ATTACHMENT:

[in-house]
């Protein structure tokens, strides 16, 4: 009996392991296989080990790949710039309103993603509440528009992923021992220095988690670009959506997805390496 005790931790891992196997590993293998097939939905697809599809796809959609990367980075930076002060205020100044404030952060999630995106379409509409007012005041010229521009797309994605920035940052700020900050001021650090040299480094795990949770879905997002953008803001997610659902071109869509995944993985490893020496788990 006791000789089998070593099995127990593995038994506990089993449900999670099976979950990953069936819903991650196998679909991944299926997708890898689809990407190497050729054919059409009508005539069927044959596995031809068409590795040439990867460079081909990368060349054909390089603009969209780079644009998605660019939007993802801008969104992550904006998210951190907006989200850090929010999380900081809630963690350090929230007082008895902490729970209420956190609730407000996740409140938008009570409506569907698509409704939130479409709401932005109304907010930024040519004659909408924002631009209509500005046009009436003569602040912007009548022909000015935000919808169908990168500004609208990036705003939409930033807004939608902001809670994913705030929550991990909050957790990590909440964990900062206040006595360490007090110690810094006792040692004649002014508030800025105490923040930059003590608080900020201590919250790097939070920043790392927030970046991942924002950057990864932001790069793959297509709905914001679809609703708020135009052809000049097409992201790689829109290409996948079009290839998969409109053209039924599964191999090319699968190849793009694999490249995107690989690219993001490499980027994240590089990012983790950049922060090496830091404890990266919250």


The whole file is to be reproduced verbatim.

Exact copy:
[in-house]
């Protein structure tokens, strides 16, 4: 009996392991296989080990790949710039309103993603509440528009992923021992220095988690670009959506997805390496 005790931790891992196997590993293998097939939905697809599809796809959609990367980075930076002060205020100044404030952060999630995106379409509409007012005041010229521009797309994605920035940052700020900050001021650090040299480094795990949770879905997002953008803001997610659902071109869509995944993985490893020496788990 006791000789089998070593099995127990593995038994506990089993449900999670099976979950990953069936819903991650196998679909991944299926997708890898689809990407190497050729054919059409009508005539069927044959596995031809068409590795040439990867460079081909990368060349054909390089603009969209780079644009998605660019939007993802801008969104992550904006998210951190907006989200850090929010999380900081809630963690350090929230007082008895902490729970209420956190609730407000996740409140938008009570409506569907698509409704939130479409709401932005109304907010930024040519004659909408924002631009209509500005046009009436003569602040912007009548022909000015935000919808169908990168500004609208990036705003939409930033807004939608902001809670994913705030929550991990909050957790990590909440964990900062206040006595360490007090110690810094006792040692004649002014508030800025105490923040930059003590608080900020201590919250790097939070920043790392927030970046991942924002950057990864932001790069793959297509709905914001679809609703708020135009052809000049097409992201790689829109290409996948079009290839998969409109053209039924599964191999090319699968190849793009694999490249995107690989690219993001490499980027994240590089990012983790950049922060090496830091404890990266919250």